Can you imagine never obsessing about, restricting or tracking your food again? Or eating whatever you like, whenever you feel like it? In a society where dieting is the norm, it seems like a radical idea. Which is pretty crazy, when you think about it, because it’s safe to say our prehistoric ancestors didn’t go around obsessing over their food—they just ate what was available. The concept of fad diets is a relatively modern idea, born out of an over-availability of food (particularly junk food) in first world countries and the booming advertising industries that push the ‘thin’ ideal.
But it appears that maybe, just maybe, we’re about to come full circle. A growing number of people are choosing to ditch the diets for good in favour of intuitive eating. As the name suggests, intuitive eating is using the body’s intuition to guide your food decision. This anti-diet philosophy involves no counting calories, macros or cutting out entire food groups. Nor is there any ‘trying to be better’ or avoiding ‘naughty’ foods. You simply eat what appeals to you at that moment—whether that’s a kale salad, chicken wrap or a chocolate donut.
Followers of this balanced approach to eating claim that this has not healed their relationship to food and their bodies, but actually helped them shift that weight they had so desperately been trying to lose. Funny how that works, hey? While unlike dieting, intuitive eating isn’t really something you ‘fail’ or ‘succeed’ at, there are a few basic principles you can follow to help adjust to this approach. Read on for 5 tips for getting the hang of intuitive eating.
1. Use the hunger-fullness scale
Intuitive eating isn’t about going absolutely hog wild every time you sit down to have a meal. In fact, a large part of it is listening to your body’s in-built hunger cues. Many people find that when they give themselves permission to eat, they no longer have the desire to eat until they’re uncomfortably full. However, the hunger-fullness scale is a good point of reference. If 1 is absolutely ravenous, 3 is fairly hungry with a grumbling stomach, 6 is pleasantly satisfied and 10 is nauseously full, you’d generally want to start eating at a 3 and finish at a 6. You can then wait 5-10 minutes to see if you are still hungry and if you really do still have an appetite, eat a little bit more.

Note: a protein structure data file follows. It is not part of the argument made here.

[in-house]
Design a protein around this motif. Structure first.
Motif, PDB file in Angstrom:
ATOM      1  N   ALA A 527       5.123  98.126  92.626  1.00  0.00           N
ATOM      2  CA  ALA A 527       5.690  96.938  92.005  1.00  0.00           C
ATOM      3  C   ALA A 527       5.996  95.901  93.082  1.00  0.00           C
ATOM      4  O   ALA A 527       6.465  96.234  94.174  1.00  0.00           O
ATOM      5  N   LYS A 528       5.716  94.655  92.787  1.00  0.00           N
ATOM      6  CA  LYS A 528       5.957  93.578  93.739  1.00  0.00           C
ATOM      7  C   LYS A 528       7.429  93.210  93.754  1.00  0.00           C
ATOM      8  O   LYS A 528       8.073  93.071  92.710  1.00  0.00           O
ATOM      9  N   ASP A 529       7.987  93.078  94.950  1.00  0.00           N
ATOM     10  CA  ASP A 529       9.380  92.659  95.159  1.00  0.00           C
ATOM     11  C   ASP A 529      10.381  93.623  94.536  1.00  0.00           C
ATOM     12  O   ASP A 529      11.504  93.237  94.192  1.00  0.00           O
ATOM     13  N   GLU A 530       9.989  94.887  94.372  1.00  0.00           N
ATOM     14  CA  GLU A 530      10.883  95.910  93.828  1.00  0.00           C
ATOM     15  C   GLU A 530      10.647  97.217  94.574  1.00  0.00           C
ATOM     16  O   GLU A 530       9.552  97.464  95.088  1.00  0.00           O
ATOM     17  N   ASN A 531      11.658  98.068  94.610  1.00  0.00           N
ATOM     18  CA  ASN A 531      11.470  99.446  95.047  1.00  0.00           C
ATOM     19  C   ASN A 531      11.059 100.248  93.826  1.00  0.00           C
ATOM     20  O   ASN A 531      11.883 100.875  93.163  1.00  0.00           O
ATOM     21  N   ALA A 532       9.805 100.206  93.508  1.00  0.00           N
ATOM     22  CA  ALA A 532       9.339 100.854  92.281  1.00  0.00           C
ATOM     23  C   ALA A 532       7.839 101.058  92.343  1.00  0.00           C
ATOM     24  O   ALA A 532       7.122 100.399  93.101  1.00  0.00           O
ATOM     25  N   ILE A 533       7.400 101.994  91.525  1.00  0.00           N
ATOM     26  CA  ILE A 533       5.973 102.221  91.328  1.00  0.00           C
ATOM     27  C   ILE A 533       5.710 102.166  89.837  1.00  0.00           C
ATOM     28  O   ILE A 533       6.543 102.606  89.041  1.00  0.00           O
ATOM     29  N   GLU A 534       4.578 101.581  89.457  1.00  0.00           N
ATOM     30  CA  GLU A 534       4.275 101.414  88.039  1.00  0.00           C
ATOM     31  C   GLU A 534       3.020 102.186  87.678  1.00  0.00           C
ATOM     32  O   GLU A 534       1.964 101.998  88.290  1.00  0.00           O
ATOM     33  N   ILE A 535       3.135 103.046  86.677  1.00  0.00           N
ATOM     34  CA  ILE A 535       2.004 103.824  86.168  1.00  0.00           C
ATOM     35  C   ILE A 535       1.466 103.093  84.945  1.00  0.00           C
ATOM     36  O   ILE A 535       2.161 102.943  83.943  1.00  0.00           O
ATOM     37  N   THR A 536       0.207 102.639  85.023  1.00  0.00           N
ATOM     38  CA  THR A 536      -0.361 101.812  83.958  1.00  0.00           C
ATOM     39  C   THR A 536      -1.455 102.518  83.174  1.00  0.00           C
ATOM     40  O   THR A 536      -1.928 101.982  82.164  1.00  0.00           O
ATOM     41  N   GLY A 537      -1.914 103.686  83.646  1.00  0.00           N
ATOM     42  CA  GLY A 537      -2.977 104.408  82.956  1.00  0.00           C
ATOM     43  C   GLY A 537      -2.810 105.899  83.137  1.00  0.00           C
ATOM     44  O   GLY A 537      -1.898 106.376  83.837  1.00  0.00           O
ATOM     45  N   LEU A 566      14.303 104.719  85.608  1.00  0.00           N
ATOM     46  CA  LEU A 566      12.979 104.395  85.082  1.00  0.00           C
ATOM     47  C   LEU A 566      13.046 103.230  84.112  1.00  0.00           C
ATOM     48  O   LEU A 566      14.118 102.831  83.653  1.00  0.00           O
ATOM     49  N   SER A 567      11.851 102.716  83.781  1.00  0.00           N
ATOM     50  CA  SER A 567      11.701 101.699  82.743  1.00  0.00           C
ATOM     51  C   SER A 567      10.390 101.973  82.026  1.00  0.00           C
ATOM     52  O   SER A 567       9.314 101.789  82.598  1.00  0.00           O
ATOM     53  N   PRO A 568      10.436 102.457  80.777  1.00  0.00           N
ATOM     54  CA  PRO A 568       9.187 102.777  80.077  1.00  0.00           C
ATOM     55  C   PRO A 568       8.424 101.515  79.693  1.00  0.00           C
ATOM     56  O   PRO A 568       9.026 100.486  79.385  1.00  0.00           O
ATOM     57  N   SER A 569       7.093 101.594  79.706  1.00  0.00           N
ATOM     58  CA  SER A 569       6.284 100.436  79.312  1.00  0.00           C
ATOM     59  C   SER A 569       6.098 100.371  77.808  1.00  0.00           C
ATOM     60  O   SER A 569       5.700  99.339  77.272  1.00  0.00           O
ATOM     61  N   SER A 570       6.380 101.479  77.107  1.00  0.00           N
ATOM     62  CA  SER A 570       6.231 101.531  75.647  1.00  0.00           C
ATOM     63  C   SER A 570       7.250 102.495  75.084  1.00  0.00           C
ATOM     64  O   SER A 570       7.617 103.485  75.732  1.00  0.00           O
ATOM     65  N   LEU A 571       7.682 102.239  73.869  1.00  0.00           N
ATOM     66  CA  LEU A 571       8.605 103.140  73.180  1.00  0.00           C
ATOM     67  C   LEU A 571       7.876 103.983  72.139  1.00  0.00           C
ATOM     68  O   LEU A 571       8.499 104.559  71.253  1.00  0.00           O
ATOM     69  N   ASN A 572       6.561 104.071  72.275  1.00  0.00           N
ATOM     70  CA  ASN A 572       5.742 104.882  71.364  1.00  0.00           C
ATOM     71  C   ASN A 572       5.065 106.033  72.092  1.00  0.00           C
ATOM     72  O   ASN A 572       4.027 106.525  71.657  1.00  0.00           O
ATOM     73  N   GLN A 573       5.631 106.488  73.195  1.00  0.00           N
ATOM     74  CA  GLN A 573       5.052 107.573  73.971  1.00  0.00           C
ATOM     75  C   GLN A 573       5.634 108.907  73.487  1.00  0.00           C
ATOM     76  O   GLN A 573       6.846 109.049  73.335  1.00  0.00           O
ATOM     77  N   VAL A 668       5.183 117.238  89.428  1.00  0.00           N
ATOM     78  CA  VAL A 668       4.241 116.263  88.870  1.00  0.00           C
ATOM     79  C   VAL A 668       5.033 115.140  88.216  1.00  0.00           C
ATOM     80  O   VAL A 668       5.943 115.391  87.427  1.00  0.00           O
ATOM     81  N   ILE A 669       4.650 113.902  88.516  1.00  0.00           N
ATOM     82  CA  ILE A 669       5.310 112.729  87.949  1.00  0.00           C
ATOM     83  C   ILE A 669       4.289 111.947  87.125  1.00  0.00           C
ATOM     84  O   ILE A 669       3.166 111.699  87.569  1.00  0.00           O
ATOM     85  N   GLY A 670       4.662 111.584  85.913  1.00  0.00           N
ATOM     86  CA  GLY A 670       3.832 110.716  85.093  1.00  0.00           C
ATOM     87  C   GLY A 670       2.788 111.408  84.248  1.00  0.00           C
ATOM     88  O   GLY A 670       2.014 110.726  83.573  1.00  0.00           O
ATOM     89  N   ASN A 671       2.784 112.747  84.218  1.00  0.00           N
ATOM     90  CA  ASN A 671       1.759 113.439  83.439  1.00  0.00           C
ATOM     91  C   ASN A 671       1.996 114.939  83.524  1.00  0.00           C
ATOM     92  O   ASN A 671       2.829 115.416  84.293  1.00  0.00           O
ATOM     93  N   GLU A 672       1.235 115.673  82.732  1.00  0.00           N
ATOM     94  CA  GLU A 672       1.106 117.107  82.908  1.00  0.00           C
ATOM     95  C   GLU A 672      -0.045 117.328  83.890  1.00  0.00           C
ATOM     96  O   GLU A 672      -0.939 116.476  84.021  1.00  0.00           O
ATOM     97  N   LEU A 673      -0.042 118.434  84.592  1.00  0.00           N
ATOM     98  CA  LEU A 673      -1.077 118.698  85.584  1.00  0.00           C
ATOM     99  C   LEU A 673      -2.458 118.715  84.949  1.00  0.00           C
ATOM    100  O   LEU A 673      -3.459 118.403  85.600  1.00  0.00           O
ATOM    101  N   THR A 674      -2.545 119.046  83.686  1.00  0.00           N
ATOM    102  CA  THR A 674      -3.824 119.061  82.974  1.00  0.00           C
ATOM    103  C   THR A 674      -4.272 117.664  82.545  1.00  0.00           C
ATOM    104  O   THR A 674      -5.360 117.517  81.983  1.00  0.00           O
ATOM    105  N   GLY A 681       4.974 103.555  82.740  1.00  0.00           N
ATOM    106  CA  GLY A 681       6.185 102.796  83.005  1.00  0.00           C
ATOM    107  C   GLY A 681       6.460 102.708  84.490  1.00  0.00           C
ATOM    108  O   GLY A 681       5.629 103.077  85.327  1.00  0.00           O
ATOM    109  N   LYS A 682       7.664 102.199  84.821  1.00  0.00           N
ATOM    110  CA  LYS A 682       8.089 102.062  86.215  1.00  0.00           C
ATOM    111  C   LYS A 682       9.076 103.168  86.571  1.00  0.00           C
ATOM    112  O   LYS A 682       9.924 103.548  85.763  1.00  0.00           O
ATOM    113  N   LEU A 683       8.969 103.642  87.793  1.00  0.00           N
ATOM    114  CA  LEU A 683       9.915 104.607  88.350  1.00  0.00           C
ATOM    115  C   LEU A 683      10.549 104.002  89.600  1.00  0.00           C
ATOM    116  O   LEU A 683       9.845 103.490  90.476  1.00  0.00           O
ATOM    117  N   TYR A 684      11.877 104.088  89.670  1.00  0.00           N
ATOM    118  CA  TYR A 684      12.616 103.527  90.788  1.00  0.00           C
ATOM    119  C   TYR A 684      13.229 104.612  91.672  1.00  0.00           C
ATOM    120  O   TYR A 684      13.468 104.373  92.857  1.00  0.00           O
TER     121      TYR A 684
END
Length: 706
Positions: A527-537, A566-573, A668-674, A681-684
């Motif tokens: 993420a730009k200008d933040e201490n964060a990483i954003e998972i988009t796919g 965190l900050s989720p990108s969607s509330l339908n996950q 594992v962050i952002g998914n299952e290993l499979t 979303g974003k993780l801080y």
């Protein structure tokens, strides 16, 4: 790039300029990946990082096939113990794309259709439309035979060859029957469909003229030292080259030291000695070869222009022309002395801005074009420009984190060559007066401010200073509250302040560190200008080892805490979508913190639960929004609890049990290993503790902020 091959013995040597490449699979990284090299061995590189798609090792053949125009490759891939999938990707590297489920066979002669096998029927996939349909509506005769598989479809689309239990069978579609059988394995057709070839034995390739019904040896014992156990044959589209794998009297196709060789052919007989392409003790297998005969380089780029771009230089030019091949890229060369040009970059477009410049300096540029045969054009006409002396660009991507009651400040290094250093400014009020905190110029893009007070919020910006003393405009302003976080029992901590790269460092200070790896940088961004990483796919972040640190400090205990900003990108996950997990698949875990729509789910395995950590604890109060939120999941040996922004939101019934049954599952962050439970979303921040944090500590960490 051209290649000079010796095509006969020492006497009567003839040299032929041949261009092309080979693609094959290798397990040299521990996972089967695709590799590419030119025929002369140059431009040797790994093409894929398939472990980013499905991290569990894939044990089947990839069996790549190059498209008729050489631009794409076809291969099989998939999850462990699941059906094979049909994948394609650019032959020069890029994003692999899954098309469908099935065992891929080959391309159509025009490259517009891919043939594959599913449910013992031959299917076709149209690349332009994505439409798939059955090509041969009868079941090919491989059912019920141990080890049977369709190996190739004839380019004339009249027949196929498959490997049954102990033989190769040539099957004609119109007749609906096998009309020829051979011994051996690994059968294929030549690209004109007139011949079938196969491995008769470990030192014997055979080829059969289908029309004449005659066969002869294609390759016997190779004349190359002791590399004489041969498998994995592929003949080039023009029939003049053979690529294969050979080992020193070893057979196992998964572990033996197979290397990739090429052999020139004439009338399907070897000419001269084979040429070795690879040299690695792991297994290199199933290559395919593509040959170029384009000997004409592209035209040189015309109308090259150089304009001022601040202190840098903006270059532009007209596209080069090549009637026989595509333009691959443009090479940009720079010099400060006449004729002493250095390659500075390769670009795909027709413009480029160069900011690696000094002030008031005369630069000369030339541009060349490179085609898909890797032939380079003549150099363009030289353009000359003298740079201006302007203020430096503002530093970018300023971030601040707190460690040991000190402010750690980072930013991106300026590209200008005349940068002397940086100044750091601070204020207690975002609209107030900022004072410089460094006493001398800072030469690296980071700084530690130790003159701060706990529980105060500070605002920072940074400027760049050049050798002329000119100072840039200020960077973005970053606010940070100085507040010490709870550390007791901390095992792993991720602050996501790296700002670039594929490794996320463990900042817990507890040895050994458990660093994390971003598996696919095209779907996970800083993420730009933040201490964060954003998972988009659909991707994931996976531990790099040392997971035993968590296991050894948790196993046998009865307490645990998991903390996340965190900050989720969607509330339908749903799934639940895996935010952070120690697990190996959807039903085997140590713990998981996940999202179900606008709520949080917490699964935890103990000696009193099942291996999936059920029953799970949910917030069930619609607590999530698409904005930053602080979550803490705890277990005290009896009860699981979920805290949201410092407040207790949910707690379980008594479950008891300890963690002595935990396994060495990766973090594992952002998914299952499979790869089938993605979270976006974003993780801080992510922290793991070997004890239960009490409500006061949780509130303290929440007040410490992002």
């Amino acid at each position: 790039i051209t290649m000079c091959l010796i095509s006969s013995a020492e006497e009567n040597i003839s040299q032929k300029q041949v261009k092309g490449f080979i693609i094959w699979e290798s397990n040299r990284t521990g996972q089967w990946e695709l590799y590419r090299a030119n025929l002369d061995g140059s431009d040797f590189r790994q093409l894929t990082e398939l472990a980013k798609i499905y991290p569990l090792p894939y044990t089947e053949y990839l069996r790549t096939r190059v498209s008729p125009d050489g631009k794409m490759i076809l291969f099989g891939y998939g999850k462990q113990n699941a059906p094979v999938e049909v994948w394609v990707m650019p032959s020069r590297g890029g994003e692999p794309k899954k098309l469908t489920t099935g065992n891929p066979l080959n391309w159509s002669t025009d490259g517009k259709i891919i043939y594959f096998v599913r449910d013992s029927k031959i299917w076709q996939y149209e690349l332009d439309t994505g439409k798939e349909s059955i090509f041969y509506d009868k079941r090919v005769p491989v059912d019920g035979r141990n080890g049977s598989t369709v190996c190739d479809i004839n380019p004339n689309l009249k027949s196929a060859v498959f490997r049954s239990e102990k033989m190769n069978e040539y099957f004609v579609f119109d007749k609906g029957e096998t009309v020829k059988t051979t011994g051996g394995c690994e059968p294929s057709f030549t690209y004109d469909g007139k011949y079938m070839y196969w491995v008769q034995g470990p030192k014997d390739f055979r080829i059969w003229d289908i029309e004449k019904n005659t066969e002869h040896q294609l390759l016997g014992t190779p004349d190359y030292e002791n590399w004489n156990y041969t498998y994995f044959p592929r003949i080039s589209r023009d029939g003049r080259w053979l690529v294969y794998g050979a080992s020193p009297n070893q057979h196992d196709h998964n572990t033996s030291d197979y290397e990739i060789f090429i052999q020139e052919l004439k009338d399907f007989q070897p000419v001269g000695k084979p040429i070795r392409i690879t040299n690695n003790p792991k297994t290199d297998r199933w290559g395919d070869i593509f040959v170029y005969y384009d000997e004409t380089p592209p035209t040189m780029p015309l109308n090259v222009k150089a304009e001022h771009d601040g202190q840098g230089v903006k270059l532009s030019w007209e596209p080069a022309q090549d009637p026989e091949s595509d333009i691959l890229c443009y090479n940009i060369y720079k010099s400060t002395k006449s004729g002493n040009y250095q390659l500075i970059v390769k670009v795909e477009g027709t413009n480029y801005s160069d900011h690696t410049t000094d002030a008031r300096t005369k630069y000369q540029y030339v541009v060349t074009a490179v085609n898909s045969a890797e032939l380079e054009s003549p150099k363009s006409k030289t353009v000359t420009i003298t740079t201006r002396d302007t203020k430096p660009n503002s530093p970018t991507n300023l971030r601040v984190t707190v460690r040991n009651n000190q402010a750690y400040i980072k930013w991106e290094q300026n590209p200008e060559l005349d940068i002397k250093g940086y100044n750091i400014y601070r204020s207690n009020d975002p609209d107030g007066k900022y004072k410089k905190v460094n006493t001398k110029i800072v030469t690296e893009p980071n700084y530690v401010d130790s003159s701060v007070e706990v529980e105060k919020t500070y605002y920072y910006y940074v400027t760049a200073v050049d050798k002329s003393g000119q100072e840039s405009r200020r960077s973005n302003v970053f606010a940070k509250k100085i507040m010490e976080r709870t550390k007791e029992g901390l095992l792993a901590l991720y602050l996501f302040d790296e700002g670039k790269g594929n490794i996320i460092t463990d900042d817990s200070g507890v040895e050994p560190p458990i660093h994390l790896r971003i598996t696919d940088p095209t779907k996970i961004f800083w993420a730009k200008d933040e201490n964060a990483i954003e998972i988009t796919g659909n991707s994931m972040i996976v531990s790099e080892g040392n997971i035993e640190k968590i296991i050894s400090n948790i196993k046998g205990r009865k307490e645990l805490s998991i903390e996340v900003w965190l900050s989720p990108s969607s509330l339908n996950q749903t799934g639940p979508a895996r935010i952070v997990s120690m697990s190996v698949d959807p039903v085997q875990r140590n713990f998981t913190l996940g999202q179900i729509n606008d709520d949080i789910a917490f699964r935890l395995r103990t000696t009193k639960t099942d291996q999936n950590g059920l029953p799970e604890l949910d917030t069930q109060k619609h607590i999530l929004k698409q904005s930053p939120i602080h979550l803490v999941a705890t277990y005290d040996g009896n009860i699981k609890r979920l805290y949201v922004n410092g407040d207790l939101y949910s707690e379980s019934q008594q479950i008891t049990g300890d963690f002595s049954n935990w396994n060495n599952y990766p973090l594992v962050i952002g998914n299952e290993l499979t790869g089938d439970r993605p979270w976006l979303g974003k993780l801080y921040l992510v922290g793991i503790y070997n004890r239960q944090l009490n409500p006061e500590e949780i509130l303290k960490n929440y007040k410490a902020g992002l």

2. Eat mindfully
Mindful eating and intuitive eating go hand and hand. Many of us scoff down our meals in front of our computers and TV, which makes it really difficult to actually listen to your body’s hunger and satiety signals. Next time you’re eating, try sitting down at the table to have your meal and eliminating all distractions (that means your phone, too!). Tune in to the sensations of your meal—what does it smell like? What can you taste? What sounds can you hear? This can make the experience of eating far more enjoyable and leave you feeling more satisfied. That said, eating in a social situation is great too and is another key part of intuitive eating—so by all means, chat while you eat!
Intuitive eating means having faith in your body to tell you what it needs. Often, when we have cravings, it’s our body trying to communicate with us. Craving meat can mean you’re low on iron, while salty can mean you’re stressed and sugar can mean you’re low on energy. If you’re constantly craving a certain type of food, see if you can get to the bottom of the root cause. But if you’re just having a hankering for something really specific and nothing else will do, enjoy it and move on with your life!
Keep a food journal
Keeping a food journal may sound kind of counterproductive. After all, isn’t the whole point not tracking or counting calories? But in her book about intuitive eating, Just Eat It, dietitian Laura Thomas recommends a journal for a week or so. This is so you can pinpoint how eating certain foods make you feel, so you can use that to guide your food choices in the future. For example, if you’ve been eating a lot of super processed foods and your energy levels have been lacking, you may want to look at how you can add in some more nutrient-dense foods. It’s always about what you can add, not what you should take away! However, Laura notes that if this makes you feel too restricted or obsessive about food, you can skip this step.
5. Make friends with food
Intuitive eating is all about falling in love with food again. Flick through cookbooks, find things you love to cook, enjoy eating out with friends and savour your meals! While food is fuel, it’s also a major source of enjoyment and reminding yourself of that can be a really positive thing.